'Painting spots was very dull'

April 2 2012

Image of 'Painting spots was very dull'

Picture: Andrew Testa/Newsweek

One of Damien Hirst's former assistants, Rachel Swainston, tells it straight:

Painting spots was very dull. There's not a lot you can say about them. The canvases would arrive; they'd be stretched and pinned. Damien would specify spot size and we would mark them up and draw them. Then we'd have a massive delivery of household paints, which we'd mix into smaller pots of whatever colours we needed. We'd have hundreds of colours: no two were ever the same. A six-foot square canvas with spots four inches apart would take about a week. Every painting was sold.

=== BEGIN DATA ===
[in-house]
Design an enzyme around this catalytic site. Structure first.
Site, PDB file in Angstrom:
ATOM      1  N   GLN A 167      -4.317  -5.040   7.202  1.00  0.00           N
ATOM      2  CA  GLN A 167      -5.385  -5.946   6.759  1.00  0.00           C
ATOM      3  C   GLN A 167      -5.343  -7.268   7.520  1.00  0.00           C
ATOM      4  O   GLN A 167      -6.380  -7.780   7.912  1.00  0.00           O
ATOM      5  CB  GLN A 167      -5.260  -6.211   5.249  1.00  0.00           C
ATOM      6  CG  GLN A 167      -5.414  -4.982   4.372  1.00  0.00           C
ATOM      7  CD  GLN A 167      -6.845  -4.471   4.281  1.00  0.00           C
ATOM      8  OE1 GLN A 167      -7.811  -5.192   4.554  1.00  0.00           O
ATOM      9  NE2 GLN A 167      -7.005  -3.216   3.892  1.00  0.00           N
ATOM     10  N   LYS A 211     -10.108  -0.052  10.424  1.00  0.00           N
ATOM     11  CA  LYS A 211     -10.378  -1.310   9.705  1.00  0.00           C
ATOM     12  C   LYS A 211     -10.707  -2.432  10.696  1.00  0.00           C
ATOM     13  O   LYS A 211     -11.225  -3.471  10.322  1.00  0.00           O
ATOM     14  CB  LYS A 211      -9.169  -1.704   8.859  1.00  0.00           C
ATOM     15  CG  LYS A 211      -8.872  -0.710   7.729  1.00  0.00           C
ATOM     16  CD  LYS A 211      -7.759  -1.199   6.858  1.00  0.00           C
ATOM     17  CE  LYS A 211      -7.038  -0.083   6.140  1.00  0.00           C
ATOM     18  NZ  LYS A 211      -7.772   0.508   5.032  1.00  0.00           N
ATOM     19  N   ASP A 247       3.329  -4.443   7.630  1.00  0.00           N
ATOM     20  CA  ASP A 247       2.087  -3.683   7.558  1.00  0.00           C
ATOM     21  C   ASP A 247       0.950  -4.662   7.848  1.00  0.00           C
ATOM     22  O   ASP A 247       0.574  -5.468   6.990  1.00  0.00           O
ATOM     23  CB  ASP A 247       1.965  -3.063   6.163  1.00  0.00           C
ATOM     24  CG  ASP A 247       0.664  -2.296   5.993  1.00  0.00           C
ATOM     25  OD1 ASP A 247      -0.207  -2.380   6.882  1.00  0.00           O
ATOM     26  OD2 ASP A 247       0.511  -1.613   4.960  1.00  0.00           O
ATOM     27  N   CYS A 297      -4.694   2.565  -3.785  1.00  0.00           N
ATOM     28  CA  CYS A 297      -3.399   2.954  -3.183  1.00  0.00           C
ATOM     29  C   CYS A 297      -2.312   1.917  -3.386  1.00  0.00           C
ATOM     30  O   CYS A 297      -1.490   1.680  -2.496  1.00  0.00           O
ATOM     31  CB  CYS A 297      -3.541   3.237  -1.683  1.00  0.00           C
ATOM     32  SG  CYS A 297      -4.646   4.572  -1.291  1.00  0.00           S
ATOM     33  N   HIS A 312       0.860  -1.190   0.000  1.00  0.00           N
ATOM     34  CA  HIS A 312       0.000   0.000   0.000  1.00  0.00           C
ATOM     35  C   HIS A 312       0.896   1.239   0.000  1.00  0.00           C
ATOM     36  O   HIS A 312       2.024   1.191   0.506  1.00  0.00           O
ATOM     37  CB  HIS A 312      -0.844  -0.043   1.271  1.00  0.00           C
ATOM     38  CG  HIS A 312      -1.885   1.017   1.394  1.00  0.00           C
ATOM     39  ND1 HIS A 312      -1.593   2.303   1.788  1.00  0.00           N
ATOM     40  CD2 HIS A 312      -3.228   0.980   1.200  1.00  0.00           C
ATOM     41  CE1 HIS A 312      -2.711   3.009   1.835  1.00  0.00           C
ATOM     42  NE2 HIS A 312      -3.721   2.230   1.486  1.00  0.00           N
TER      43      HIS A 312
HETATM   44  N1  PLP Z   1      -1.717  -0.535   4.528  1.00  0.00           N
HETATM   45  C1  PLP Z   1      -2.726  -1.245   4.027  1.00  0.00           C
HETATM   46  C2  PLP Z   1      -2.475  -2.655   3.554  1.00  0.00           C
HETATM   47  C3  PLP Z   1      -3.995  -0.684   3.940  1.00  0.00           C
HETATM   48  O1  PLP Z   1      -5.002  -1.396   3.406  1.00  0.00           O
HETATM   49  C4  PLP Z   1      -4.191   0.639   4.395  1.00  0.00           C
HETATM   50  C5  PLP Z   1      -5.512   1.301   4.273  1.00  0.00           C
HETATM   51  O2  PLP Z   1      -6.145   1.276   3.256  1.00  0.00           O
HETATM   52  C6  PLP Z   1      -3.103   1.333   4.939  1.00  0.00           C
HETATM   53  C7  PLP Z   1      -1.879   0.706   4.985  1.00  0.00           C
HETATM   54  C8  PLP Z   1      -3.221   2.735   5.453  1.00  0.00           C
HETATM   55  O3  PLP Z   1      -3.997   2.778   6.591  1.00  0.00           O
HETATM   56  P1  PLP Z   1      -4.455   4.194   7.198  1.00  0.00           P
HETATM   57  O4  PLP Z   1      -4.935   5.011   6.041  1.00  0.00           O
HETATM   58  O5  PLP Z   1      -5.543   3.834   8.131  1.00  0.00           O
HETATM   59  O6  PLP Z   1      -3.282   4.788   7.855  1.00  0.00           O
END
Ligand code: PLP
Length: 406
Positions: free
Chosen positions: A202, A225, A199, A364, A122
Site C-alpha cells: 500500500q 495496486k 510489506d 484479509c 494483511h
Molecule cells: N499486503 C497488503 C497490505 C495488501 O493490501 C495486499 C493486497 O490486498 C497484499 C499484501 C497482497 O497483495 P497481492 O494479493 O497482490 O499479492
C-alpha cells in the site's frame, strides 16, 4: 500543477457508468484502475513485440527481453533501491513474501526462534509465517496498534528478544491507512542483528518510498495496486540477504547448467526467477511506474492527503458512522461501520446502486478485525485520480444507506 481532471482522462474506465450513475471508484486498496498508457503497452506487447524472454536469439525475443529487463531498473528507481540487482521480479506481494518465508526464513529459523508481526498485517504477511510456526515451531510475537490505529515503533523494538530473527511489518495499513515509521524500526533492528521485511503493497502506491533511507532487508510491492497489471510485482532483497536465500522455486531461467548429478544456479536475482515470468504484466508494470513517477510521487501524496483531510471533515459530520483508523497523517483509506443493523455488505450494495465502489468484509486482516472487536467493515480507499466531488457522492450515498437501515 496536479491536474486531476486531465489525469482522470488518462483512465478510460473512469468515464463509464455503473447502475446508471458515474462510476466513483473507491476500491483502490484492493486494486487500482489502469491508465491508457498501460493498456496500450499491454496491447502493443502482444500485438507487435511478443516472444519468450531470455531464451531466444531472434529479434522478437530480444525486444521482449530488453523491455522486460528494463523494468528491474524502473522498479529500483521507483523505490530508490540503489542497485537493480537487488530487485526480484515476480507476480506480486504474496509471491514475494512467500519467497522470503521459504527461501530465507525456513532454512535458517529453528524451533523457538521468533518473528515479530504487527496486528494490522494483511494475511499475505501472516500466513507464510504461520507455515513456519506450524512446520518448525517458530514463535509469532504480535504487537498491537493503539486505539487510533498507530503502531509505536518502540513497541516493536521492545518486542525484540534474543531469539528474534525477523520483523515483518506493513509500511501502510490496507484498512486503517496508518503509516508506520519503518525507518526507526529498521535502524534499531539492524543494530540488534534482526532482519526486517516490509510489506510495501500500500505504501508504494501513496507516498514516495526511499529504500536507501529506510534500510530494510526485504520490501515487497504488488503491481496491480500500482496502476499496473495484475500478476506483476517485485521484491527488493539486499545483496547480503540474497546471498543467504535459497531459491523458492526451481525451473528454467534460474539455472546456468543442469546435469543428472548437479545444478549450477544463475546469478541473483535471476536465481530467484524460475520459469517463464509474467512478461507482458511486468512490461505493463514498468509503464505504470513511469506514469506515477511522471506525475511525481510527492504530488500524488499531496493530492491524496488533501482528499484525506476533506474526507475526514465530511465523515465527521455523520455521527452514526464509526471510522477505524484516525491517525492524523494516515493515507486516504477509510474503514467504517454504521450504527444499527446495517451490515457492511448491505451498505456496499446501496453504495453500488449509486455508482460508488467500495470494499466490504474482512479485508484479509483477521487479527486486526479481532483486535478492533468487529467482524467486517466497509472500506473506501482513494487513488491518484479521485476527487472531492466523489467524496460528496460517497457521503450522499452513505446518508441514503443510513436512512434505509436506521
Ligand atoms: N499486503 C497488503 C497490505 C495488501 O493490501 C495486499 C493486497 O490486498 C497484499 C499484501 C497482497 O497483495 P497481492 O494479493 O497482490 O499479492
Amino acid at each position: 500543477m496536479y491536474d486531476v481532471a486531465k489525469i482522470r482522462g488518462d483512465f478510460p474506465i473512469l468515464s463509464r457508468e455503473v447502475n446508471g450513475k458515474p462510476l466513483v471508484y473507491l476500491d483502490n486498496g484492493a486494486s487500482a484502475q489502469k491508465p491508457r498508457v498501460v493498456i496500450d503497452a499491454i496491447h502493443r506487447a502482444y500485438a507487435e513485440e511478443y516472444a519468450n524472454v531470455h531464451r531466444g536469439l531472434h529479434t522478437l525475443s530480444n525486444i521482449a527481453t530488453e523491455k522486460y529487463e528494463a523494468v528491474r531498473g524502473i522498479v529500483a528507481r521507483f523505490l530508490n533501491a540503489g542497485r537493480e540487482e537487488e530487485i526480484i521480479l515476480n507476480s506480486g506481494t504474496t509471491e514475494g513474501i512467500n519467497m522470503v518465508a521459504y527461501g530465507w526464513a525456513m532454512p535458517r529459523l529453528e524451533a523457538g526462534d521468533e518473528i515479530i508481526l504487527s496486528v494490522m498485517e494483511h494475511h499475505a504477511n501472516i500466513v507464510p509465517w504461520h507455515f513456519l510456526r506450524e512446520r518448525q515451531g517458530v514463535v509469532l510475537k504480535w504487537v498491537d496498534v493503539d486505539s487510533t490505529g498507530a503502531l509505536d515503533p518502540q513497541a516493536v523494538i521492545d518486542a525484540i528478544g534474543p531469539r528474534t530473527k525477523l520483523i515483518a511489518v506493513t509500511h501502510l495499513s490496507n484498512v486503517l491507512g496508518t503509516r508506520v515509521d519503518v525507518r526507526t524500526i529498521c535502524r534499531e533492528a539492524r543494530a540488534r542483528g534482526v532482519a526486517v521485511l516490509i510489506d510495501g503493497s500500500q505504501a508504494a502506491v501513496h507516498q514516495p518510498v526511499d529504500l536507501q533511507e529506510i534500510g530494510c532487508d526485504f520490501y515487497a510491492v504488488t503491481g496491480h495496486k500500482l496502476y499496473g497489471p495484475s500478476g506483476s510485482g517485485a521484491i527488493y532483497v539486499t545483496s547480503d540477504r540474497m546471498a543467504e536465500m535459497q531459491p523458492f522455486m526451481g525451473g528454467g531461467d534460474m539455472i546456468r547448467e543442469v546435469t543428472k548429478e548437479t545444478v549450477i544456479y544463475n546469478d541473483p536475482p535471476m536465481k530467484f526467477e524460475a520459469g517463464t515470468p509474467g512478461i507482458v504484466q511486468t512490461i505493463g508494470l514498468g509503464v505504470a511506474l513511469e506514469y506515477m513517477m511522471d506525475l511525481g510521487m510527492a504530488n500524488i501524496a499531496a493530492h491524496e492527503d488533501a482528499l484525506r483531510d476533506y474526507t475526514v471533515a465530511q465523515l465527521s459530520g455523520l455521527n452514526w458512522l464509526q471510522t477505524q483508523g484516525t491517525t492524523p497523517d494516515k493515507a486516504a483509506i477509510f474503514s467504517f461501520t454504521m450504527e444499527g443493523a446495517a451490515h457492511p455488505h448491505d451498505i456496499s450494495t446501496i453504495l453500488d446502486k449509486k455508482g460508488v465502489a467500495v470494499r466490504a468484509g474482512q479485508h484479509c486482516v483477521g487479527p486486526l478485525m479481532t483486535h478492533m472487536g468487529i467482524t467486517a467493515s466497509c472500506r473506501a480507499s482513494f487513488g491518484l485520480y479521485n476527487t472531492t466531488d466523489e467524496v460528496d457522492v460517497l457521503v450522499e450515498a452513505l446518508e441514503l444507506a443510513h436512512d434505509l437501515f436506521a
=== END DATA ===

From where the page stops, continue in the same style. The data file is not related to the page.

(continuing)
It was quite simple really. With the spot paintings: it was, just a formula. Damian didn't need to have much input. Most of the time, there were two of us, although it would depend on how quickly he wanted them churned out. We were just the small fry. I came out of Goldsmiths [University] thinking I can't do anything, so I did these. Although they were all hand-painted, meaning each one is imperfect, there is no individual quality to the painting.

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